During his graduate studies at the University of Wisconsin, Olsen’s artistic approach was to represent the likeness of people, places and events from his life. After accepting a faculty position at the University of Georgia in 1969, he felt pressure to move toward pure abstraction and leave behind his representations of the Vietnam War. He spent time experimenting with a variety of painting techniques, and once again began adding abstracted images pulled from his experience in Vietnam.
Despite mastering these methods of painting, Olsen struggled to find his voice and legitimacy and continued to ask himself “What do I paint”? In 1977, he took the advice of an artist’s cliché, “If you don’t know what to paint, paint your studio wall” and covered the walls of his studio with canvas and let them depict different aspects of his artistic life. These early canvases were the beginning of his “Wall” series.
By the mid-1980s, Olsen’s approach to both painting and subject matter became clear. He constructed collages, which he called “Calculations,” on grid paper as blueprints for his larger canvases. He depicted his previous works in these collages, and continued this method, adding images of previous paintings and objects in his studio.
Olsen’s “Wall” designs are intended to be allegorical by linking the pictoral artifacts of his Vietnam wartime experiences to systems of meaning – the balance of good/evil, and the legends traditions of culture. Olsen’s war experiences are made real to viewers by the collection of pictoral symbols within each painting and linking the imagery to higher-level meanings.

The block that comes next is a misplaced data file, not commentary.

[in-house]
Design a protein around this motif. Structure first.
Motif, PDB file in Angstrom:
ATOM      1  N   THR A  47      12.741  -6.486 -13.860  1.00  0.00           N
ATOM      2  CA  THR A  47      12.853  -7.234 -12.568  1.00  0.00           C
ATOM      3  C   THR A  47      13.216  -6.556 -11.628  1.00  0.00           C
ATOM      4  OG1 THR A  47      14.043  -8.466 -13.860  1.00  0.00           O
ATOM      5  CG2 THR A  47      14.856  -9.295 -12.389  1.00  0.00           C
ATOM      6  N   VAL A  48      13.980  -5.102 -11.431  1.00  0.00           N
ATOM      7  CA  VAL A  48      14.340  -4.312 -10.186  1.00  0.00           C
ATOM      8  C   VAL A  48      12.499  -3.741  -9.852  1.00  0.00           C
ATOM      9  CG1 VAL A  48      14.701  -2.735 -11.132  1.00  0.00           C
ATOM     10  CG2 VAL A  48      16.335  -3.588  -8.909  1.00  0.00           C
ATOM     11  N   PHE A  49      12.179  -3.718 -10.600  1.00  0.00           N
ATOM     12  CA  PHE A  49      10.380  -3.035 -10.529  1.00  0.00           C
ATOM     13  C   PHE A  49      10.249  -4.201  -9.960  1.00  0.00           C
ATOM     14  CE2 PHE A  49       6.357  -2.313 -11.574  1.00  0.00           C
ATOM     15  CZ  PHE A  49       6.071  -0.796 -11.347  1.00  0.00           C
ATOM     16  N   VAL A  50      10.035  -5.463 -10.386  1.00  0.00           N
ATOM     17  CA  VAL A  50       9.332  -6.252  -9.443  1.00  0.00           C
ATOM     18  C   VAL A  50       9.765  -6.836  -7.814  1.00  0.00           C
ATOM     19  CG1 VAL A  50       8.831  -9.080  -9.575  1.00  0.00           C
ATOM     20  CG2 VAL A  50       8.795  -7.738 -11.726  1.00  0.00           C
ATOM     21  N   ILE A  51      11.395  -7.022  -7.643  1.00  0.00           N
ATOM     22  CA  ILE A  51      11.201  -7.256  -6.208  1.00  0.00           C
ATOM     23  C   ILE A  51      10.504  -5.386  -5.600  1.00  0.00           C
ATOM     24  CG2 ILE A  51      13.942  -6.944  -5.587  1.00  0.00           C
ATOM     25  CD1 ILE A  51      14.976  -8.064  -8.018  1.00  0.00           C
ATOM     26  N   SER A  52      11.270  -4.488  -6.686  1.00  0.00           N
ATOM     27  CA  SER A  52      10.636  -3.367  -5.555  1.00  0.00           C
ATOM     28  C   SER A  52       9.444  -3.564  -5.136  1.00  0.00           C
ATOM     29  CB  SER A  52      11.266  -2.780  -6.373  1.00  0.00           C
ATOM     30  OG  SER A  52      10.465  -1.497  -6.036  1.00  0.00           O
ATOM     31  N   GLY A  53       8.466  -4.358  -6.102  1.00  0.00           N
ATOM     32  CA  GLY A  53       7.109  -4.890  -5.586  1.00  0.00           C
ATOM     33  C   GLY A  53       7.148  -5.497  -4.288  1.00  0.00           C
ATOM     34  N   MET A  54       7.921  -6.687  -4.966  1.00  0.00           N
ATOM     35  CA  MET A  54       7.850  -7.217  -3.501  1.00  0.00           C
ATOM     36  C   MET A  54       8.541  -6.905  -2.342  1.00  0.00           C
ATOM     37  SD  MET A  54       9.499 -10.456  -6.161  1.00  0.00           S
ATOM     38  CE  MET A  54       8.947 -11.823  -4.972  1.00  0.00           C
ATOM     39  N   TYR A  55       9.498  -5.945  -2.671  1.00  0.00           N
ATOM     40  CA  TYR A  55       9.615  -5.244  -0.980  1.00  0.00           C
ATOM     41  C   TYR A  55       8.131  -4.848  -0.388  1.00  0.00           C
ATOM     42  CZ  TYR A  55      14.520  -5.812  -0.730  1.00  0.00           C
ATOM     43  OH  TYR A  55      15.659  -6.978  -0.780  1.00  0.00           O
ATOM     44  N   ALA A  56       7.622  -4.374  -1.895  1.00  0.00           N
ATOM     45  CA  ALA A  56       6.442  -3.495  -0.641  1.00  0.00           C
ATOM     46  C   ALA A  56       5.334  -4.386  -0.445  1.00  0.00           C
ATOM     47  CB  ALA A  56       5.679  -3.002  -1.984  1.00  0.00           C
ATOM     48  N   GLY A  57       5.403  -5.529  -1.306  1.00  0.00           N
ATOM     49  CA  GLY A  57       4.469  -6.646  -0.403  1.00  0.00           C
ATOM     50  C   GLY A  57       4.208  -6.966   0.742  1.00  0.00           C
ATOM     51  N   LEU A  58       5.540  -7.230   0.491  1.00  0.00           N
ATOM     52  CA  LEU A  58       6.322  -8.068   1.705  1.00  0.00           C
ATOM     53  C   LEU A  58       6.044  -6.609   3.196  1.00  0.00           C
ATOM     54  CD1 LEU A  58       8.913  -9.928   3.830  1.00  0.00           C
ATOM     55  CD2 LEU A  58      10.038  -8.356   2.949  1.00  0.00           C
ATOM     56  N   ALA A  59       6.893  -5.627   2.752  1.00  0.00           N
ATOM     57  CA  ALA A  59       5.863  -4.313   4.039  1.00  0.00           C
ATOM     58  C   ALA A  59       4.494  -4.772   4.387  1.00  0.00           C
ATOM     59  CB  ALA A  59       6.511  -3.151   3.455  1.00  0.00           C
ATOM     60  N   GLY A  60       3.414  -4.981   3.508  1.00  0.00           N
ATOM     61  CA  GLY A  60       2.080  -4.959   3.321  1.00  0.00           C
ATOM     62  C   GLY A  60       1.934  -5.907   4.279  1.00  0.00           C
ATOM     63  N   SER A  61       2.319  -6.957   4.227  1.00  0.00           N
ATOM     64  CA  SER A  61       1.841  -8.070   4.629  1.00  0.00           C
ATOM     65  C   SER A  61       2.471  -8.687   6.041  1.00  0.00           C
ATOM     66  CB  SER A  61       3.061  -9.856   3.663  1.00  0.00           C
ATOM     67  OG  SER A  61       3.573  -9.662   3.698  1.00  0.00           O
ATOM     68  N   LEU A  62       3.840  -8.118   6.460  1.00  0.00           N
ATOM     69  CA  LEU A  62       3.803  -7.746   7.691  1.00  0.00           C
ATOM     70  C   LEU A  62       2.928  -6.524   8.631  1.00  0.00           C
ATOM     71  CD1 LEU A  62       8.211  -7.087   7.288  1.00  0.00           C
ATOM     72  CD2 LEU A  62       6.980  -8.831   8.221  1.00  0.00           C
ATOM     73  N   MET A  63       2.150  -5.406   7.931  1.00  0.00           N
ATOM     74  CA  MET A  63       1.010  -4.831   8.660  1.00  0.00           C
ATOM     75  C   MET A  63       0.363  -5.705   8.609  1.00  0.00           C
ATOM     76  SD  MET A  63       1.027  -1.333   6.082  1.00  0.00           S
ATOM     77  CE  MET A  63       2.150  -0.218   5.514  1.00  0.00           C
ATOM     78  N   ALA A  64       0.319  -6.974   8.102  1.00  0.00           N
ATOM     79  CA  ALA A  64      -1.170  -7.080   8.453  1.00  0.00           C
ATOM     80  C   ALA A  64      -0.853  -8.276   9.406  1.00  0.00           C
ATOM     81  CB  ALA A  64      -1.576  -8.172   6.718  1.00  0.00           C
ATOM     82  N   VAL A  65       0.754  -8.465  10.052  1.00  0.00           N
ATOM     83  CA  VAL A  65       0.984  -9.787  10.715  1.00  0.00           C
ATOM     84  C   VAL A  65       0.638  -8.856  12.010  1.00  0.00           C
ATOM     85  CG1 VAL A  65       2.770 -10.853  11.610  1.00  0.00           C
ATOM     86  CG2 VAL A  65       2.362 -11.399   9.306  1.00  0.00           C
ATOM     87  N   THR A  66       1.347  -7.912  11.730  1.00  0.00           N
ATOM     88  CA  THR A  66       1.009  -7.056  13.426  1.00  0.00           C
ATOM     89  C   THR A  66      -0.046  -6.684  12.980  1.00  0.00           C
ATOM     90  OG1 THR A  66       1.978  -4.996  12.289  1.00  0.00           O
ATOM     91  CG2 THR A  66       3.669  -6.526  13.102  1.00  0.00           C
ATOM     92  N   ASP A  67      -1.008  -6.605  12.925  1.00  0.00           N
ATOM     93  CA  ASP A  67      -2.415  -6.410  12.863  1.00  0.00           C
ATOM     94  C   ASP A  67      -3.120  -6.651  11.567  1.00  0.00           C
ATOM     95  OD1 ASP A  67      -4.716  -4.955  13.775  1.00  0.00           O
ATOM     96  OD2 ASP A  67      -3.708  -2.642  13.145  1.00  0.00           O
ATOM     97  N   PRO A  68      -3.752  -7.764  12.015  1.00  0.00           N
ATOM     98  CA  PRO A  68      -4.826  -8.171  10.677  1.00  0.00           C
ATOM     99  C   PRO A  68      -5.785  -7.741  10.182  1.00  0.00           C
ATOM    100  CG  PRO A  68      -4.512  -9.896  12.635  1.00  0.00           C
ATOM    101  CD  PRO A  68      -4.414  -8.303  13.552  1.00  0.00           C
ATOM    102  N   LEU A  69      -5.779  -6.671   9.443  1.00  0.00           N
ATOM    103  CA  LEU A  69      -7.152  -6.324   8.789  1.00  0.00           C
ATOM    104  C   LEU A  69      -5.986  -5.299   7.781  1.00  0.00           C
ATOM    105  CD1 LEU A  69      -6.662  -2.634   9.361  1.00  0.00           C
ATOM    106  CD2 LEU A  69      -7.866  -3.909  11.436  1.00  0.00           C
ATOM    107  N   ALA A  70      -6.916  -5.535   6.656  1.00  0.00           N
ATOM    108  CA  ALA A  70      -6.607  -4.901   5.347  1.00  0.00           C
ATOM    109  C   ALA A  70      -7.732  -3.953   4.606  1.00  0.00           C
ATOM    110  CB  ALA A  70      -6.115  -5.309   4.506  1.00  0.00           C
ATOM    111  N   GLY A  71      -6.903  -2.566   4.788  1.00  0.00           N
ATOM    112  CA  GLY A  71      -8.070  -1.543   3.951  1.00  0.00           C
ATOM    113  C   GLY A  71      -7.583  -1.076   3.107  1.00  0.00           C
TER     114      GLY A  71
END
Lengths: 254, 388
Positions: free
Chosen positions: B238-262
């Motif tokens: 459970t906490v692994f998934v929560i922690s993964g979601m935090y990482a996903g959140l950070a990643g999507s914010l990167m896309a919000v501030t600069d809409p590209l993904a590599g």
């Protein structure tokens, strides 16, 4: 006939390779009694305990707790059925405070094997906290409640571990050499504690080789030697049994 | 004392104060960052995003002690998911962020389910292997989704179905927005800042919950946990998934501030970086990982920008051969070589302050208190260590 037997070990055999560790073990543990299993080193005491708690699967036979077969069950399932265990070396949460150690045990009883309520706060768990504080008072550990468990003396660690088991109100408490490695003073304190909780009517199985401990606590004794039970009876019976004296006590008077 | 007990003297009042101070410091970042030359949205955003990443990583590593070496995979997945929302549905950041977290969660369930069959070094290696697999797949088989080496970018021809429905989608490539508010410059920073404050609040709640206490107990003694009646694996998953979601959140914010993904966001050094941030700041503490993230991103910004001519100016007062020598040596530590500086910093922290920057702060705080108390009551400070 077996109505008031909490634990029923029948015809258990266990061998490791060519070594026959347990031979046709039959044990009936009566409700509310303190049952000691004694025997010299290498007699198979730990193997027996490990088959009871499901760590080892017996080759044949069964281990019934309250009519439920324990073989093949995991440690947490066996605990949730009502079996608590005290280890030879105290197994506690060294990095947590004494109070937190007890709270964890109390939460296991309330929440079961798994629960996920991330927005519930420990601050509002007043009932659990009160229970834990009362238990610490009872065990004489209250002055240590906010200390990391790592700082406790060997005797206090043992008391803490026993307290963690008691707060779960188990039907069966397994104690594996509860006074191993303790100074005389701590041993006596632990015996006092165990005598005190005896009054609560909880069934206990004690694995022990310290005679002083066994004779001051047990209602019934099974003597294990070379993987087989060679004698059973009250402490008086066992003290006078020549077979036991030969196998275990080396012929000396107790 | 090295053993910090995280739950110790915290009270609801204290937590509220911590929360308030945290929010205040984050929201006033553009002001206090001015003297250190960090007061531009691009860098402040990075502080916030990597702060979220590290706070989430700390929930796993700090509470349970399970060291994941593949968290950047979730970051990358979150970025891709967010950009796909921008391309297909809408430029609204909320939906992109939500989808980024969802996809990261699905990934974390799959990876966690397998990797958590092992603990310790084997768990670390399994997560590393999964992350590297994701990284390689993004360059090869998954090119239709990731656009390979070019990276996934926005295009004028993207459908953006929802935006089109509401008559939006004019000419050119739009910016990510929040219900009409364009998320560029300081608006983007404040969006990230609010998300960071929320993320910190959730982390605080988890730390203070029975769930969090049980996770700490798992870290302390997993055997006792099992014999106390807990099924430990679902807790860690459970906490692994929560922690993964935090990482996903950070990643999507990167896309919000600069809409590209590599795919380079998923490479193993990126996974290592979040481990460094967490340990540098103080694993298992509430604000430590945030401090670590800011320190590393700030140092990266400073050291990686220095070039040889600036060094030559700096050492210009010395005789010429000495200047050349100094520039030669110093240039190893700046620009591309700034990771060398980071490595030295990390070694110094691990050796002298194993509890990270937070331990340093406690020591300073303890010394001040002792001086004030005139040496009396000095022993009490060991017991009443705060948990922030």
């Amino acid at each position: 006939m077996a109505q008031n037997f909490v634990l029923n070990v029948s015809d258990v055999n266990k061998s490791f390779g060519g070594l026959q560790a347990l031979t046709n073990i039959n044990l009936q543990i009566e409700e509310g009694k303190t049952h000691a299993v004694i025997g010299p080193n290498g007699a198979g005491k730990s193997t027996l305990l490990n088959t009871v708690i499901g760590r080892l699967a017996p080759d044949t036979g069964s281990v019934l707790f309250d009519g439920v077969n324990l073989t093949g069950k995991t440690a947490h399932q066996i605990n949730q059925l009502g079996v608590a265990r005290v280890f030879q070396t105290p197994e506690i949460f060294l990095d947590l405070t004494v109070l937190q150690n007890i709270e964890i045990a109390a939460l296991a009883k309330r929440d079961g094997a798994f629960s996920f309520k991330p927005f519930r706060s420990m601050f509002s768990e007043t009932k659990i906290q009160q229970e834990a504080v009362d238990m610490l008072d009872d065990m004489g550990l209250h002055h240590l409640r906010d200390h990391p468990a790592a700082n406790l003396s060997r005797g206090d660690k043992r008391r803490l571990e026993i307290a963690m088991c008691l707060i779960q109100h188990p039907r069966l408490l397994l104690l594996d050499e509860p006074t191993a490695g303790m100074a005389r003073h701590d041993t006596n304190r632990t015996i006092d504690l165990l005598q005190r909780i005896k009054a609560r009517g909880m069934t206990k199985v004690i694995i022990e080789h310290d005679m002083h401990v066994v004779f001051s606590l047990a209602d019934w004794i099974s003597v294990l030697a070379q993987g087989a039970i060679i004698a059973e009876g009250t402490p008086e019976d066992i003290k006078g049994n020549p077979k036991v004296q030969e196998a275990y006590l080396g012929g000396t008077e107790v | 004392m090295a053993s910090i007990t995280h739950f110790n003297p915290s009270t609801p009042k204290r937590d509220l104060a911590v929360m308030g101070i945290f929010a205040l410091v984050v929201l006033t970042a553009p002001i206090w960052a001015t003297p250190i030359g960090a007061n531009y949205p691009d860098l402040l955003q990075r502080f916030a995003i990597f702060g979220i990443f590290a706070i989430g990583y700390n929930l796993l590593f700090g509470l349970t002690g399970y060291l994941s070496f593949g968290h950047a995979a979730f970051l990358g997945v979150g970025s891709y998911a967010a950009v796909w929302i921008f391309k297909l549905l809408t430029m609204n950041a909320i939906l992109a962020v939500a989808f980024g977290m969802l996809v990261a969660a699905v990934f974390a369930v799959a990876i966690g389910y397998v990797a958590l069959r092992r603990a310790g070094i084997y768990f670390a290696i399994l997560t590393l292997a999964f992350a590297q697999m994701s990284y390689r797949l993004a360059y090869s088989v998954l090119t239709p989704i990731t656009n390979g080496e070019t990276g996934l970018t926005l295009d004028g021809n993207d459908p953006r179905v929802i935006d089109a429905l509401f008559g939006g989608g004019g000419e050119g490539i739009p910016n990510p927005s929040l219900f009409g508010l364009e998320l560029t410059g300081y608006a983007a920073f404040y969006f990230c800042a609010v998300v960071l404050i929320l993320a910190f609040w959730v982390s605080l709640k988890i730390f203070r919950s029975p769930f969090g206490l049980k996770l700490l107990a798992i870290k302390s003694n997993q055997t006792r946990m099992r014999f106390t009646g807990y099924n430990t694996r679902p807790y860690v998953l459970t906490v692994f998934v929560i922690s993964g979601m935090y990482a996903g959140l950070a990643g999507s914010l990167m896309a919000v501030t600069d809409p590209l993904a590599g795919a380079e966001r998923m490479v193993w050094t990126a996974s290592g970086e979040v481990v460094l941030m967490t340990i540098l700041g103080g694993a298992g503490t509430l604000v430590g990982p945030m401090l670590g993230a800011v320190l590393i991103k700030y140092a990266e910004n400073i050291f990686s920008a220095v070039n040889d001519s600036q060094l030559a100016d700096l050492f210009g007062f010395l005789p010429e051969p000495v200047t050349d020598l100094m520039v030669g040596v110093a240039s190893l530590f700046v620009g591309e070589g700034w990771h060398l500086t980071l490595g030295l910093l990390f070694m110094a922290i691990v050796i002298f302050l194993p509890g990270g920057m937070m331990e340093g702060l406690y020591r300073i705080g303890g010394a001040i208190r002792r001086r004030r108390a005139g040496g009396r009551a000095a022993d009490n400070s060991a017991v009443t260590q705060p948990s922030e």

Olsen’s work aims to surpass an automatic response in viewers by using multiple symbols in compositions that invite, even demand, close inspection and stimulate further thought by providing a context from which the underlying meaning can emerge. Olsen links the visual, emotional, psychological, cultural, and social elements of his Vietnam wartime experiences to much larger primary issues concerning the continued tension between good and evil found in all societies. Through his art, Olsen has elevated the Vietnam War to a universal plane to create an allegory of human existence. His paintings are allegories that rely upon historical and philisophical systems, but they also add new layers to the fundamental meanings of war that are essentially without precedent in art and art history.
About the National Veterans Art Museum
Located in Chicago IL, the National Veterans Art Museum’s (NVAM) comprehensive permanent collection of combat inspired art comprises over 2,500 pieces. The collection includes art from the time of World War II to the present day. The collection was built to evoke an understanding of the impact of combat on the individuals who served as well as our society at large. And the permanent collection—spanning over 30 years—continues to grow it includes painting, print, photography and sculpture. While the NVAM is one of the only museums in the world to collect and exhibit artwork exclusively created by veterans in a permanent exhibition, it also provides important programming for veterans, their families, and the community. For more information about the National Veterans Art Museum, visit www.nvam.org, or call 312-326-0270.
You have used up your free articles for this month. To continue reading click here to login or subscribe.